Many times, private companies do not see the need for Directors and Officers (D&O) insurance as it is thought of as a coverage meant for public companies with a board of directors and shareholders. However, in today’s highly litigious environment, Directors and Officers insurance is becoming more and more of an essential coverage not only for public companies but for private companies as well.
Directors and Officers insurance provides coverage for defense costs and loss payments arising from wrongful act allegations against company directors and officers. Coverage is provided in three parts: Side A, Side B, and Side C. Side A covers individual directors and officers for non-indemnifiable claims on a first-dollar basis; Side B reimburses the company for indemnifiable claims to its directors and officers; and Side C protects the company. Sides B&C are subject to the policy’s retention or deductible. D&O policies are normally claims-made policies, meaning coverage applies to claims made and reported during the policy period and may include a retroactive date and/or pending and prior date which excludes wrongful acts prior to a set date. Allegations can be brought from any number of individuals or organizations including investors, customers, competitors, employees, government regulators, and more.
An important part of what a D&O policy can provide is the defense cost coverage. Private company D&O policies may include a duty-to-defend clause where the insured would have access to defense coverage from the insurance carrier above any retention or deductible. Some carriers will also allow adding an additional defense limit on top of the D&O aggregate limit. A payment in the hundreds of thousands of dollars can be catastrophic for many private businesses, especially when those types of losses are not budgeted for.
A 2018 Chubb Insurance Company Private Company Risk Survey1 found that the average reported D&O loss was just under $400,000, and 26% of private companies reported experiencing a D&O loss in the previous three years. Even with such a high average claim cost and one-fourth of the respondents having had a claim in the previous three years, less than half (43%) of the responding companies purchased D&O insurance. Of the respondents who did not purchase D&O insurance, multiple reasons were offered: 33% of respondents didn’t believe coverage was necessary because the business was privately held; 32% did not experience a D&O-related claim in the past; 31% did not think coverage was necessary because the business was family run; 22% did not purchase D&O insurance because they were not contractually obligated to; and 22% believed coverage was provided by other types of insurance, such as General Liability.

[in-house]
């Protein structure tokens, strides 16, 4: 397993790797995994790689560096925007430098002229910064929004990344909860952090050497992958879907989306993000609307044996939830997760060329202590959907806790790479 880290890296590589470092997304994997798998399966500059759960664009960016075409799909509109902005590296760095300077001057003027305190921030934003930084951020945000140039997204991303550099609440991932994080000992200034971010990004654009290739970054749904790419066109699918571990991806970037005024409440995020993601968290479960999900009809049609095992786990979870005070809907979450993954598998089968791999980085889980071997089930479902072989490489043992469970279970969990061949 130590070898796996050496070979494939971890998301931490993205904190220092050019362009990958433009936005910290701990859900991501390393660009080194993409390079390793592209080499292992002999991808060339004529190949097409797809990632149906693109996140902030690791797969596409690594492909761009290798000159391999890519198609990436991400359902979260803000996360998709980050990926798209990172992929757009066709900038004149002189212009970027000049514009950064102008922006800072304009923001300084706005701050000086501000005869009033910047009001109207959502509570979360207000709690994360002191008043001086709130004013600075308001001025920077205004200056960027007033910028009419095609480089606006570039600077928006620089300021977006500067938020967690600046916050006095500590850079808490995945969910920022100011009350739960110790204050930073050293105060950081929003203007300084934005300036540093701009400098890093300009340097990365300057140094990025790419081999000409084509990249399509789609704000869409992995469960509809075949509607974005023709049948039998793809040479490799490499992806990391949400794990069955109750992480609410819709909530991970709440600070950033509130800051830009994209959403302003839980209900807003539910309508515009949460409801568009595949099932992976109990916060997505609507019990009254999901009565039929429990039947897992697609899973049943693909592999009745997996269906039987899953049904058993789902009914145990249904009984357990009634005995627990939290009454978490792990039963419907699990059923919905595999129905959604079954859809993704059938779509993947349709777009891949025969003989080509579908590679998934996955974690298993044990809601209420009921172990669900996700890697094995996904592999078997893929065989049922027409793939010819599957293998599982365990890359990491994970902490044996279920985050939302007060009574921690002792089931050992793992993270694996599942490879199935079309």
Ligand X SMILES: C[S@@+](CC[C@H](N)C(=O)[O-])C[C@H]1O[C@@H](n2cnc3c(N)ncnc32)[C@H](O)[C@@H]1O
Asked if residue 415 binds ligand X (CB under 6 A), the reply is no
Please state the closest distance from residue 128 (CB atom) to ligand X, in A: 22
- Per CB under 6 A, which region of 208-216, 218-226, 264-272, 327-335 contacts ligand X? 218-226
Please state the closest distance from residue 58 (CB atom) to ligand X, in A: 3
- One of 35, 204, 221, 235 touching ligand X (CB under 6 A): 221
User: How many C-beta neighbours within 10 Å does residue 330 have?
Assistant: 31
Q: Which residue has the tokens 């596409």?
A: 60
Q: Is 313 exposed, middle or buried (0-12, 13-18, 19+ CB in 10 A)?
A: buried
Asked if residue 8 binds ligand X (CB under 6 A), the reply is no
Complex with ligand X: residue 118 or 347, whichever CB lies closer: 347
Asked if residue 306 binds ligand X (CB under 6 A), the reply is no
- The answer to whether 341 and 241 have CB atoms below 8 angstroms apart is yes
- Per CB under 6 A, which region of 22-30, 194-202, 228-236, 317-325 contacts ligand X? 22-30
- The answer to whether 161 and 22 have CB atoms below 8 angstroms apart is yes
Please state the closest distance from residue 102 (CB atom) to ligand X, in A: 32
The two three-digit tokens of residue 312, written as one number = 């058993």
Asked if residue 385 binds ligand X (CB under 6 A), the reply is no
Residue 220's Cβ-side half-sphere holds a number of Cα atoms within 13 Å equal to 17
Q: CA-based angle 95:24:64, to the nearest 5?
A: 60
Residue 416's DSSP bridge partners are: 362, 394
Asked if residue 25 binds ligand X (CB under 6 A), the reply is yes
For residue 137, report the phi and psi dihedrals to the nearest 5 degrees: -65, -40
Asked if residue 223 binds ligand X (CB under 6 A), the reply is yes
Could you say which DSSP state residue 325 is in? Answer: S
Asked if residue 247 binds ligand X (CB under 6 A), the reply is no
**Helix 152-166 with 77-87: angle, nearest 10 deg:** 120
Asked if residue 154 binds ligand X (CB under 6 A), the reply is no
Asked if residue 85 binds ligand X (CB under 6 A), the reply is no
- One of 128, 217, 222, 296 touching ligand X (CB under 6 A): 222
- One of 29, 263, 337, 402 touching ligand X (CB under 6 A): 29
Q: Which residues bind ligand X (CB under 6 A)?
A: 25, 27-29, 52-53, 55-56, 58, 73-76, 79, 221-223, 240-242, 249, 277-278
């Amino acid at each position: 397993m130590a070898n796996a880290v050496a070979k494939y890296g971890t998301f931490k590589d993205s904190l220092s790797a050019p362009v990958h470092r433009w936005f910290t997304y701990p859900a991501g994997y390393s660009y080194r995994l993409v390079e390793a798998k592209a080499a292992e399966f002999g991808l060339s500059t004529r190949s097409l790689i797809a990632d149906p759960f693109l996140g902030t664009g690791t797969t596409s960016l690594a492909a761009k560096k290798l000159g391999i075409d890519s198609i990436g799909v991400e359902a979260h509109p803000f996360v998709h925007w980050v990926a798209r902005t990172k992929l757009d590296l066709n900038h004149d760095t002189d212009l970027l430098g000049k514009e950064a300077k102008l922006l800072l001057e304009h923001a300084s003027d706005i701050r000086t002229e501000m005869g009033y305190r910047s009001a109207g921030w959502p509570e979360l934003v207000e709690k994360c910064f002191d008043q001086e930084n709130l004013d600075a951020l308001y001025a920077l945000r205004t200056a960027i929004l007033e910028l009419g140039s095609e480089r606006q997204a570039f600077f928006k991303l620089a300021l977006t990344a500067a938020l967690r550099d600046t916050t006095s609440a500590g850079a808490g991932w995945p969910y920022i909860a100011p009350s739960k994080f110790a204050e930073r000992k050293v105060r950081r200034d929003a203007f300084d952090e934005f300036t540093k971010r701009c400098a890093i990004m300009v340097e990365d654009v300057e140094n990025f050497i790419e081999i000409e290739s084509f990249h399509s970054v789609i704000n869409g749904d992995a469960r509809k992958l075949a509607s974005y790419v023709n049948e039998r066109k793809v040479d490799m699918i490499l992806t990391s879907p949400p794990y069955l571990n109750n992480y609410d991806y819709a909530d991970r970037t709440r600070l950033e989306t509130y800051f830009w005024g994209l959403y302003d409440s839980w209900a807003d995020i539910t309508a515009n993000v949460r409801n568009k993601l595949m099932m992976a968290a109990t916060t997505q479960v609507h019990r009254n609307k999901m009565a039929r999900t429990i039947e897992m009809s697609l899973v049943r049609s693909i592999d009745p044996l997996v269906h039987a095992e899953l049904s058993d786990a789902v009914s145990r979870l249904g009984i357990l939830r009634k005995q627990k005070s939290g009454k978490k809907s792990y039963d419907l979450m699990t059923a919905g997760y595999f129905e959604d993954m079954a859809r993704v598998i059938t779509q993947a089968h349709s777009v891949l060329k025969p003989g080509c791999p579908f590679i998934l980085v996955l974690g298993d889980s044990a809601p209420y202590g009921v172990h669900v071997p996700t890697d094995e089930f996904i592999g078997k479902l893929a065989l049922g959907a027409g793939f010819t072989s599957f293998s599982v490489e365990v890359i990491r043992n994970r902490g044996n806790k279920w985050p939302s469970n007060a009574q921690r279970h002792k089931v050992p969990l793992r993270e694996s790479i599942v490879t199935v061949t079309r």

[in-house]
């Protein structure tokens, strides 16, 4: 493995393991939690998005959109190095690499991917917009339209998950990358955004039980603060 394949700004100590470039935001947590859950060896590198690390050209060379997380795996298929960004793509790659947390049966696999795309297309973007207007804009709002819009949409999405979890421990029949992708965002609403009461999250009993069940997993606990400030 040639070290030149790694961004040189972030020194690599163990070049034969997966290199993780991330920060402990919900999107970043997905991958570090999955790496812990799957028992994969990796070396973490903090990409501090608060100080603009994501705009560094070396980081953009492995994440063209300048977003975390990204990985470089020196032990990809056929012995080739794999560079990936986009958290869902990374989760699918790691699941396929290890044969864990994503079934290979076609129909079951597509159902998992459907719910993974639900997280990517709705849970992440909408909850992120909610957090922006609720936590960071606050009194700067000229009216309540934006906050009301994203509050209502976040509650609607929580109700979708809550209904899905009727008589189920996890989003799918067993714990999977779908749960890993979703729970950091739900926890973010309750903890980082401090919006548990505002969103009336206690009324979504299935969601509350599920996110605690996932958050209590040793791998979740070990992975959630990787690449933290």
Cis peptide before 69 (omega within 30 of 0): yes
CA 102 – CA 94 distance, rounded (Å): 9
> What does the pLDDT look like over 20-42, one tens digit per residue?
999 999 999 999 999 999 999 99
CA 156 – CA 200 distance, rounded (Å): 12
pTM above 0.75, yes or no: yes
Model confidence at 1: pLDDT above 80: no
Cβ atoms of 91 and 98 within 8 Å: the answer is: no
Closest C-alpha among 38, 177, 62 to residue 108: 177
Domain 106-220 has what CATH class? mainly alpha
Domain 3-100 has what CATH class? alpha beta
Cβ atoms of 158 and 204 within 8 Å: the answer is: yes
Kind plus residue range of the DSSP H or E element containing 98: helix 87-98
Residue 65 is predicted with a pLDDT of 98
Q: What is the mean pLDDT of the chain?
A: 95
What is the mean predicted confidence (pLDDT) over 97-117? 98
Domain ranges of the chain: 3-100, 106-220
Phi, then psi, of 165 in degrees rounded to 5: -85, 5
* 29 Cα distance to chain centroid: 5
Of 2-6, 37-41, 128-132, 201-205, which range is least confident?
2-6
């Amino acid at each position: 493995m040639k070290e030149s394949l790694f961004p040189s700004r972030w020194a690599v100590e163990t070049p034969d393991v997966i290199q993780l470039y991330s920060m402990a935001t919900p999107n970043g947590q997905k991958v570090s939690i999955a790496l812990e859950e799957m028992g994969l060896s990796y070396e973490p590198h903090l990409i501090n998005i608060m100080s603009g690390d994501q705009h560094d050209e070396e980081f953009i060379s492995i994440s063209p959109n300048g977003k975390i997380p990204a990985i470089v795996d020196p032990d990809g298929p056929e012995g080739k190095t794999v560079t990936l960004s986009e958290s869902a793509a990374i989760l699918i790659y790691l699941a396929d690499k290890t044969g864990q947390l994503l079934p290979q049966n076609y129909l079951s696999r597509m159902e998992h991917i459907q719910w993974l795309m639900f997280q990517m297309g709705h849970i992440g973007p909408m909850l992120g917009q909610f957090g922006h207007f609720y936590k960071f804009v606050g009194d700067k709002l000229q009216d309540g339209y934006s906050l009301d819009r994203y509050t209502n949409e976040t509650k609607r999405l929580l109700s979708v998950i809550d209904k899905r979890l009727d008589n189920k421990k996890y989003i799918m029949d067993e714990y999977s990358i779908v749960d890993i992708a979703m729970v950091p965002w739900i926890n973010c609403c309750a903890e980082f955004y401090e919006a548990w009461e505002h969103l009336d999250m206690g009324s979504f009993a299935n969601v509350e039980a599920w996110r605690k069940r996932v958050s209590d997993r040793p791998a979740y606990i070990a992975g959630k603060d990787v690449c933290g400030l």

Being privately held or family-owned does not make a company immune to D&O-related claims or allegations. A company and its executives do not need to be guilty of wrongful acts in order to have allegations made against them. Many times privately held companies have multiple shareholders or investors. Claims alleging mismanagement or misrepresentation can be brought from these shareholders or investors for items like inaccurate disclosure of financials or mismanagement of finances/the organization. Other examples of potential claims can be from customers for negligent hiring or supervision of an employee, from a competitor due to unfair trade practices, or from a vendor or supplier for improper inventory management.
The current COVID-19 pandemic may also lead to D&O related wrongful act allegations due to the rapidly changing business landscape. Claims from employees, shareholders, investors, and creditors may allege breach of fiduciary duty in planning for or responding to the pandemic. Companies are also moving towards working remotely and the increased cyber exposure may lead to cyber and D&O claims for misstatement or mishandling of the company’s cyber protection. COVID-19 took the world by storm in a matter of a few months showing how quickly things can change. A D&O policy could be crucial at a time like this when a large payment may have a significant impact on a company’s well-being.
The main reason privately held companies should think about buying D&O insurance is for peace of mind. A D&O policy can fill in coverage gaps between other policies to provide additional protection and round out a company’s insurance program. At the very minimum, have a broker or agent quote D&O insurance to identify the cost for your company.